Subterrain is a top-down survival game developed by Pixel Lore. The game takes place in a Mars colony, where the main character, Dr. West, has been imprisoned for murder. But prior to a transfer, the entire center shuts down and everything goes silent, with the prisoners trapped in his cell. He finally gets out only to find the place swarmed by an infestation, and he must fight off zombies and gather supplies to survive. There are several layers to survival in Subterrain, where the player has to maintain everything from food and thirst to bodily functions, as well as multiple types of conditions which effect health and stamina. The area is an open world, where the player can travel to anywhere on the map with no direct path, trying to gather more supplies. In truth, you have one objective: to survive for as long as possible.
The game controls mechanically like most top-down adventures, with a huge interface. You can detect items, obstacles, and containers nearby. This is a pretty vital ability, because if there were one word to describe Subterrain’s visuals, it would be dark. It’s difficult to talk at length about the visuals because most of the game is so shrouded in darkness and fog, and it takes a considerable amount of time before you find a decent light source, which quickly sucks down your power (which is also your ammo). This is especially troubling, because enemies don’t make a lot of noise, and have a tendency to sit right on the other sides of doors making for a lot of sneak attacks. It is very easy to pass up an important item, or get bombarded by an enemy you never saw coming. It adds to the atmosphere in some ways, but the lack of any other kind of feedback like noise removes a bit from the atmosphere as well. The ability to detect items to pick up is helpful, but it becomes habit to spam that ability everywhere, in fear of missing something.
Speaking of enemies, the enemies are zombies. This is a very standard affair, at this point. These particular zombies of the infected variety, and thus are faster and can easily chase you. They can be a bit difficult to telegraph, especially since most lunge forward to attack, and seem to have a broad radius that takes some practice to learn to dodge. You’re very likely to die, multiple times, especially when you are just starting and haven’t found your first ranged weapon. Which means you’re liable to face the greatest obstacle in the game – obscure checkpoints. The game doesn’t appear to have a save indicator, nor can you save manually. Instead, there appear to be set doors where the game saves, but you won’t know it unless you die and have to start over. As well, when you die, you do not continue, but rather are taken to the menu screen, and made to start from the last checkpoint – with whatever health and conditions you had at that checkpoint.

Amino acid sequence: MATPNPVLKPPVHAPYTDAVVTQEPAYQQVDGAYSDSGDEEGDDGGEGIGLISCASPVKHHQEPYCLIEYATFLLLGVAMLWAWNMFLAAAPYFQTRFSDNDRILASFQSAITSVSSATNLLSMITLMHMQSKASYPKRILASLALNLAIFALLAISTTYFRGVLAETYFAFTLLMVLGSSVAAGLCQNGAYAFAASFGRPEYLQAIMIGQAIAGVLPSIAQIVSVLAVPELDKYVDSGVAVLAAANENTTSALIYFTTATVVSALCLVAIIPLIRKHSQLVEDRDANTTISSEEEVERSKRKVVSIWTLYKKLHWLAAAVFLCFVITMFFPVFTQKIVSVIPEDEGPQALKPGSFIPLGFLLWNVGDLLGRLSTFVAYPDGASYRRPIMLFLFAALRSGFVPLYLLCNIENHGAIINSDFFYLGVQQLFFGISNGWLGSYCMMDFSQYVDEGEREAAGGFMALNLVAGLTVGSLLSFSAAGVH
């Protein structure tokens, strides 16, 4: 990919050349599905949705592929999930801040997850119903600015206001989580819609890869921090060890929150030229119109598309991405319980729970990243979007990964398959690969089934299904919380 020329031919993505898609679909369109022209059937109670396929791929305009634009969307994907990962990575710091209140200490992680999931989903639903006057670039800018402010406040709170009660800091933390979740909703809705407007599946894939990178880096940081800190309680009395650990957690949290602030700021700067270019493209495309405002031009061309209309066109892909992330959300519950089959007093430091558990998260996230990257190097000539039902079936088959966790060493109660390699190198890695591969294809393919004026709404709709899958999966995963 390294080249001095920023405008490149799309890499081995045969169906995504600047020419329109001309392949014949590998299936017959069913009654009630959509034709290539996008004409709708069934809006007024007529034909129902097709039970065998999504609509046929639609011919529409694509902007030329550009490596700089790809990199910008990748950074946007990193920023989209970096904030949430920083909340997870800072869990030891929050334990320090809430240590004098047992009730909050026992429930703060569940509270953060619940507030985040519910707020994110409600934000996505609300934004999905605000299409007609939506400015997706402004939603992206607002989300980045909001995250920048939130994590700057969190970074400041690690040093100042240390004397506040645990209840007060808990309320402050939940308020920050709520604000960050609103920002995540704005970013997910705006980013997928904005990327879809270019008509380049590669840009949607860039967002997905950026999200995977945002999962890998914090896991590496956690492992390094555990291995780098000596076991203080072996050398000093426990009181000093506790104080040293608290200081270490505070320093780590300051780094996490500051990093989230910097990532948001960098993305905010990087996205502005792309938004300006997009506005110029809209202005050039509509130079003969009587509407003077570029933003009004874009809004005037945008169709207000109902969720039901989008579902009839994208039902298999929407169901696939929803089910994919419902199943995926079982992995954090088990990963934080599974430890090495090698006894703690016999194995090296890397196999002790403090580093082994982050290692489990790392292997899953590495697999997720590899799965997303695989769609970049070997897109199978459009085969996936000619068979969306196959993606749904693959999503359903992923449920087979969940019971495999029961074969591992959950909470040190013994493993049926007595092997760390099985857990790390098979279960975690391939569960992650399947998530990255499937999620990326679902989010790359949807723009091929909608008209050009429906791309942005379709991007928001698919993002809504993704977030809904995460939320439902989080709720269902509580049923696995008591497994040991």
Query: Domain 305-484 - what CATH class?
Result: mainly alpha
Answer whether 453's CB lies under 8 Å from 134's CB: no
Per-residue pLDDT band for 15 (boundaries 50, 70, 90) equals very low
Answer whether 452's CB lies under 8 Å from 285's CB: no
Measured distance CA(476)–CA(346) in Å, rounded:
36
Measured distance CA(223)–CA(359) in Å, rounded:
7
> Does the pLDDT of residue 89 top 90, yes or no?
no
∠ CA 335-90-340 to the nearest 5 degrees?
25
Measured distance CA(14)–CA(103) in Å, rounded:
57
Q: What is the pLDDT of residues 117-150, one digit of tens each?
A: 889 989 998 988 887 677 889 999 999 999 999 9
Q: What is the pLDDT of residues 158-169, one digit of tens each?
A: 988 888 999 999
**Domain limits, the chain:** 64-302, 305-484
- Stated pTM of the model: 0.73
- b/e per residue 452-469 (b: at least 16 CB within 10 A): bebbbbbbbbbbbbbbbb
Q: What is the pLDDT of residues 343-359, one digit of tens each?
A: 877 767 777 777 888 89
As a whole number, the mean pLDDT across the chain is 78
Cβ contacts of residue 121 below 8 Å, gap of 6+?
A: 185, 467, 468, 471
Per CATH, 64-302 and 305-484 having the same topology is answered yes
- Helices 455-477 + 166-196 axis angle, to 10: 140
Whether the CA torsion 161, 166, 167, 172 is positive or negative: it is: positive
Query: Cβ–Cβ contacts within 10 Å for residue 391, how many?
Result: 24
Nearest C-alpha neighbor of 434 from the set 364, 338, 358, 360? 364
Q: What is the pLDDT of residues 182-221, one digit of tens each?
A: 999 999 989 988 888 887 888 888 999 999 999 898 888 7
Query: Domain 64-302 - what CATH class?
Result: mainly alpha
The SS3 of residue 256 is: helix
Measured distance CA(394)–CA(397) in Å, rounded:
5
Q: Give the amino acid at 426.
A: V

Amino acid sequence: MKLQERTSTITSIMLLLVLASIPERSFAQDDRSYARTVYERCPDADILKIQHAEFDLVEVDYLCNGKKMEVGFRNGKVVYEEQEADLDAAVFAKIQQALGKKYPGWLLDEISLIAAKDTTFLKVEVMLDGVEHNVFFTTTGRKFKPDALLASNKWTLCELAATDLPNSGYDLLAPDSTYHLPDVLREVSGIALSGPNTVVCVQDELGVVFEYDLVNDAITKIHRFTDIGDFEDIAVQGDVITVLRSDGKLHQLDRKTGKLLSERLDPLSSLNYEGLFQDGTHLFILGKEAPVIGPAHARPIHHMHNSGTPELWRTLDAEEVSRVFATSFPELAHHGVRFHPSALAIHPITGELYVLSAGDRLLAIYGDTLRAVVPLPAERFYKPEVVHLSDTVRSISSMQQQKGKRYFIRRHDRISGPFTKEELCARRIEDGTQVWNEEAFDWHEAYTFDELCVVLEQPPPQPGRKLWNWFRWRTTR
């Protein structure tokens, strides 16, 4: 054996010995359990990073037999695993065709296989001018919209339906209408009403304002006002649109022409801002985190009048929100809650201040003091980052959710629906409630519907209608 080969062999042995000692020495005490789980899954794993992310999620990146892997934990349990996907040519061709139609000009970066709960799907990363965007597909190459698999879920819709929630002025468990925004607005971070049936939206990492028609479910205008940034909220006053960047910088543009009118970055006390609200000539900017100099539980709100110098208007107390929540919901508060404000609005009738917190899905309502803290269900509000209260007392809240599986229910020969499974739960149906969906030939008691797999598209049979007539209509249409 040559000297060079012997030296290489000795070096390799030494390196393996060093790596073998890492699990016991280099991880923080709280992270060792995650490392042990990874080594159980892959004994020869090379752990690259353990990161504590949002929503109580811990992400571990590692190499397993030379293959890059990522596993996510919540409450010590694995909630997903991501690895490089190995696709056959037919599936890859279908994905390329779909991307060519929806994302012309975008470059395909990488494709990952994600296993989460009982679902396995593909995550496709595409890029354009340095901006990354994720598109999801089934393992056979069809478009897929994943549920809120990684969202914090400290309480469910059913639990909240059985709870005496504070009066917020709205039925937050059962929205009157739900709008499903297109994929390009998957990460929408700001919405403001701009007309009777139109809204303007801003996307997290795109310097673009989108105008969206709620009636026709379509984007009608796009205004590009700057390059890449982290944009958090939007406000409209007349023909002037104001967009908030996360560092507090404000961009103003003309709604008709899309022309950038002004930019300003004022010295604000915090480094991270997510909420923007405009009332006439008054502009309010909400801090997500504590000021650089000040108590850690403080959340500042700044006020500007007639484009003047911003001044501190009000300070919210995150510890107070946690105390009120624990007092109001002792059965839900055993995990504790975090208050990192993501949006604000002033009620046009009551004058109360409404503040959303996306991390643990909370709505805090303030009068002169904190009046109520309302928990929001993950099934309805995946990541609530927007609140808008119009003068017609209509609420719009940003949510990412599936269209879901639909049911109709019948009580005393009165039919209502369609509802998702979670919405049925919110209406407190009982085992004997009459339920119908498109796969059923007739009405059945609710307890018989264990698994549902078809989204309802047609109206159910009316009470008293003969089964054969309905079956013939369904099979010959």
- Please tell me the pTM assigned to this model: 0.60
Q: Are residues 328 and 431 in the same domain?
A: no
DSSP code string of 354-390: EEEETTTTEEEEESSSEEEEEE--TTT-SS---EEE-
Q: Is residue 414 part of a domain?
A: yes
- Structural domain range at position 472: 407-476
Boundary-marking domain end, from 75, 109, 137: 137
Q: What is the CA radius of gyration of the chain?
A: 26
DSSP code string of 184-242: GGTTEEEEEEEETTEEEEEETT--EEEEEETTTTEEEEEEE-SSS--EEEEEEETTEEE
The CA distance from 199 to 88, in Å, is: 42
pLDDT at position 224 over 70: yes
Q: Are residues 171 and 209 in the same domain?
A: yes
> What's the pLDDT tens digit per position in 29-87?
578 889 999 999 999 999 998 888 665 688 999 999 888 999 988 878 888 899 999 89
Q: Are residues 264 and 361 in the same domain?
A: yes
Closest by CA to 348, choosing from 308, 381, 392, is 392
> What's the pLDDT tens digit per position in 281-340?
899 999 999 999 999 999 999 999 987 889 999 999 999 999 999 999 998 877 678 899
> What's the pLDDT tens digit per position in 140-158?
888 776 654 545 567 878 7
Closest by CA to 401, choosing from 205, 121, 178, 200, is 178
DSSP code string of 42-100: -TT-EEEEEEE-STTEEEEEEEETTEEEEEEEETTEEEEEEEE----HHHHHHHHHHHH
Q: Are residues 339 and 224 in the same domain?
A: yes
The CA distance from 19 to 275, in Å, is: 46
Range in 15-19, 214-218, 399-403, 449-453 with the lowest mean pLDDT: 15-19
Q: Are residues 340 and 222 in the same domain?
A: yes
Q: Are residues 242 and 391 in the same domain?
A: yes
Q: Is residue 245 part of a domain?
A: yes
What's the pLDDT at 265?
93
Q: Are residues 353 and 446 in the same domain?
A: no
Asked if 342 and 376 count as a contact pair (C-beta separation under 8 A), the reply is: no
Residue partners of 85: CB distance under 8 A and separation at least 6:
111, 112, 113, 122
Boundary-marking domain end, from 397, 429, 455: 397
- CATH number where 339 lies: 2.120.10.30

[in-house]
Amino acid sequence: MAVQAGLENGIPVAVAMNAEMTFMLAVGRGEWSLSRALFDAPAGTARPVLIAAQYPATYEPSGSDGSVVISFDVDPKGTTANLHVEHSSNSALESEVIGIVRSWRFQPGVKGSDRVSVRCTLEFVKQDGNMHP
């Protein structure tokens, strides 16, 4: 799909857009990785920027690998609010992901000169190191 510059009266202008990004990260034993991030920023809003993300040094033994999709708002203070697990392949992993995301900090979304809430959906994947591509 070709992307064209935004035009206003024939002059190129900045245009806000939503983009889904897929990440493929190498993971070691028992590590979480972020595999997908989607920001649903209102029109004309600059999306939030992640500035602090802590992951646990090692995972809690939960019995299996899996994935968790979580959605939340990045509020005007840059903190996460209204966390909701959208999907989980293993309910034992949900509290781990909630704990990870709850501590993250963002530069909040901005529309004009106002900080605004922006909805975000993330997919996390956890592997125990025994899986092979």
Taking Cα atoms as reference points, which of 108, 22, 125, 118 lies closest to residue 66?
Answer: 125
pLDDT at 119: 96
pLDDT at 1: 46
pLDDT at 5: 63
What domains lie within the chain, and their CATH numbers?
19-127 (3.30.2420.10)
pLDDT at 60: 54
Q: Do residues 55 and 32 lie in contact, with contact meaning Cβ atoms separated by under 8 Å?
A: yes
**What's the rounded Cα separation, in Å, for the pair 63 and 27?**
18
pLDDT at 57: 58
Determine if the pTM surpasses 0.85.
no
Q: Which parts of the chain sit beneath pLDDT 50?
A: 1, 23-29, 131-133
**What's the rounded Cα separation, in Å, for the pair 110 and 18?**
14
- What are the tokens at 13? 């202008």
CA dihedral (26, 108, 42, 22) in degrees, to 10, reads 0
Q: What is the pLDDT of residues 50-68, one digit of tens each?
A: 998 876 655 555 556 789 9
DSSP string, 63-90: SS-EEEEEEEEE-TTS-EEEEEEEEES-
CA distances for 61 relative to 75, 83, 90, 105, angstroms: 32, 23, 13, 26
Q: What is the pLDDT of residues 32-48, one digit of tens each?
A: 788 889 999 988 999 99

This creates a significant problem if you’re cornered by a zombie with no access to medical kits. It is not always easy to fight off a zombie, especially with a melee weapon, without taking a hit. So if you get stuck at a checkpoint with low health, right before a zombie, with nowhere else to go, it can take several attempts to get past that one zombie. The tedium is not very entertaining. Having multiple checkpoints or a way to quickly continue, rather than having to navigate the menu screen only to get dropped off at the last save point, would be beneficial. It doesn’t add to the difficulty, more becomes a chore.
As well, the save points are arbitrary. If you travel to a new area, and die before making it to the next checkpoint, your checkpoint is going to be the last area you were in, not the area you just traveled too. This wouldn’t be as big a problem, except the travel takes a bit more time than just walking through a door. Again, this isn’t an enormous issue, but it is a nagging issue that becomes obnoxious after doing it for the fifth time.
The crafting system is highly comprehensive, and it seems more sensible than other games, where you can craft a complex explosive on the spot using tooth picks and scotch tape. You craft at designated tables in the environment, where you can disassemble random junk and use those materials to make guns, power cores, and all manner of other items. You can also use the infected remains of zombies you’ve killed to conduct research and discover other items. All while maintaining a highly comprehensive survival system, including everything from your temperature to your blood purity.
The days can seem a little slow, especially with no true objective. Subterrain takes a page from the book of Minecraft by making the world very open ended. After the tutorial, you can go wherever you want, and explore the world. The issue is, unlike Minecraft, where you can easily create your own projects, and jump right in fairly effortlessly, Subterrain is survival only. Survival is an important aspect of life, but a lot of aspects of survival can be pretty boring, so there are occasional segments that feel very slow, and there isn’t a lot of ways to fill in the time while waiting for research to finish or traveling from one segment of the world to another.
Subterrain, as of yet, is imperfect, but the broad survival mechanisms are fascinating enough to keep survival fans going. It is the nagging details that become the biggest problems. The game is meant to be challenging, but the small annoyances pile on and make it more frustrating than hard. If you can overlook those things, Subterrain is a good game with tons of excellent details. Those small elements could be fixed in the official release, and more features including a new minimap have been added throughout the alpha mode. There is a lot of growing for this game to do, as of yet.
This game was obtained from the developer, Pixel Lore, and reviewed on PC as an early access.